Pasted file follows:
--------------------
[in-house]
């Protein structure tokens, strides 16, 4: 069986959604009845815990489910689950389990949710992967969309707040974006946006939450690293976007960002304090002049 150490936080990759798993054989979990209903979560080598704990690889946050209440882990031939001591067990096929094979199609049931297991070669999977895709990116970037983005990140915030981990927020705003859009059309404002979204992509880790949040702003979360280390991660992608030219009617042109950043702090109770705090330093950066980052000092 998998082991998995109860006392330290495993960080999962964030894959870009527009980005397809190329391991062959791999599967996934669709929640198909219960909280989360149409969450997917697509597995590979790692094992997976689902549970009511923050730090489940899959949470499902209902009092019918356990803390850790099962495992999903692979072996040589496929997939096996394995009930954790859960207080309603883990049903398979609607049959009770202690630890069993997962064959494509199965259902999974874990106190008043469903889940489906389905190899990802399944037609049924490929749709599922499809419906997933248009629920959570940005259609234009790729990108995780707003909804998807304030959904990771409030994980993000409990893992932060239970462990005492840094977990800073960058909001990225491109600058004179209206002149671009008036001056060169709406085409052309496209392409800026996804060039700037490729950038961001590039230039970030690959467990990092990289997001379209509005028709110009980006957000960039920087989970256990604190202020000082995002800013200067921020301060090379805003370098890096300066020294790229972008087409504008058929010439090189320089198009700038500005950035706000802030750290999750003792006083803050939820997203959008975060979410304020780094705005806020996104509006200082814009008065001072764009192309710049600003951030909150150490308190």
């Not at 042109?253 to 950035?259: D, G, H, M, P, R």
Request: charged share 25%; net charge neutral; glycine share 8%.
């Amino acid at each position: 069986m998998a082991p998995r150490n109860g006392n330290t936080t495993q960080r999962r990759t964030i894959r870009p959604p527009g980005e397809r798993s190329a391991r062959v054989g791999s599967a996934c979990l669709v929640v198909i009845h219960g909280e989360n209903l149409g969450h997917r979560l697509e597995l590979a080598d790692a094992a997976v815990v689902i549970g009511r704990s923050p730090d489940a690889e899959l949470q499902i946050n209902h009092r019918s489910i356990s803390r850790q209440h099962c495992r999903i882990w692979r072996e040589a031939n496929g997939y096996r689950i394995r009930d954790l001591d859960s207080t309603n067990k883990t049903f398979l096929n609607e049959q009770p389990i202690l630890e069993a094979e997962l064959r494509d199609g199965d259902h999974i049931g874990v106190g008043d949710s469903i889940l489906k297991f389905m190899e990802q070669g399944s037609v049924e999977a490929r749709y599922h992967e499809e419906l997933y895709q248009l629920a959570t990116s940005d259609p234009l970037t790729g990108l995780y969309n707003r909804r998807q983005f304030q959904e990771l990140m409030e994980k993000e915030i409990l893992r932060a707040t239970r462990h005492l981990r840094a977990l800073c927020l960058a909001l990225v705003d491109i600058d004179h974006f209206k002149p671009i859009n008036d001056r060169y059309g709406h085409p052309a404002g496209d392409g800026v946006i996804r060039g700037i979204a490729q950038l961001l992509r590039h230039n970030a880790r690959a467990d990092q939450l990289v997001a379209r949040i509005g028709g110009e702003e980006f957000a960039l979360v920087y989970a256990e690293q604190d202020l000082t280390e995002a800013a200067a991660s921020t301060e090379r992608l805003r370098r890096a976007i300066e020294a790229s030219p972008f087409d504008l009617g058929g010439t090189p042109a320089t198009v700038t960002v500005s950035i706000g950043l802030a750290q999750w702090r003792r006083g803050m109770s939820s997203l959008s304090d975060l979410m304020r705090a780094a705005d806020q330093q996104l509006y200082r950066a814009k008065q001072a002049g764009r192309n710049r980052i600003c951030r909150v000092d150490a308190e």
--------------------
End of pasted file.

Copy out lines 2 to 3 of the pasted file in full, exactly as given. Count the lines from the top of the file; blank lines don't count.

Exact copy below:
């Protein structure tokens, strides 16, 4: 069986959604009845815990489910689950389990949710992967969309707040974006946006939450690293976007960002304090002049 150490936080990759798993054989979990209903979560080598704990690889946050209440882990031939001591067990096929094979199609049931297991070669999977895709990116970037983005990140915030981990927020705003859009059309404002979204992509880790949040702003979360280390991660992608030219009617042109950043702090109770705090330093950066980052000092 998998082991998995109860006392330290495993960080999962964030894959870009527009980005397809190329391991062959791999599967996934669709929640198909219960909280989360149409969450997917697509597995590979790692094992997976689902549970009511923050730090489940899959949470499902209902009092019918356990803390850790099962495992999903692979072996040589496929997939096996394995009930954790859960207080309603883990049903398979609607049959009770202690630890069993997962064959494509199965259902999974874990106190008043469903889940489906389905190899990802399944037609049924490929749709599922499809419906997933248009629920959570940005259609234009790729990108995780707003909804998807304030959904990771409030994980993000409990893992932060239970462990005492840094977990800073960058909001990225491109600058004179209206002149671009008036001056060169709406085409052309496209392409800026996804060039700037490729950038961001590039230039970030690959467990990092990289997001379209509005028709110009980006957000960039920087989970256990604190202020000082995002800013200067921020301060090379805003370098890096300066020294790229972008087409504008058929010439090189320089198009700038500005950035706000802030750290999750003792006083803050939820997203959008975060979410304020780094705005806020996104509006200082814009008065001072764009192309710049600003951030909150150490308190």
């Not at 042109?253 to 950035?259: D, G, H, M, P, R």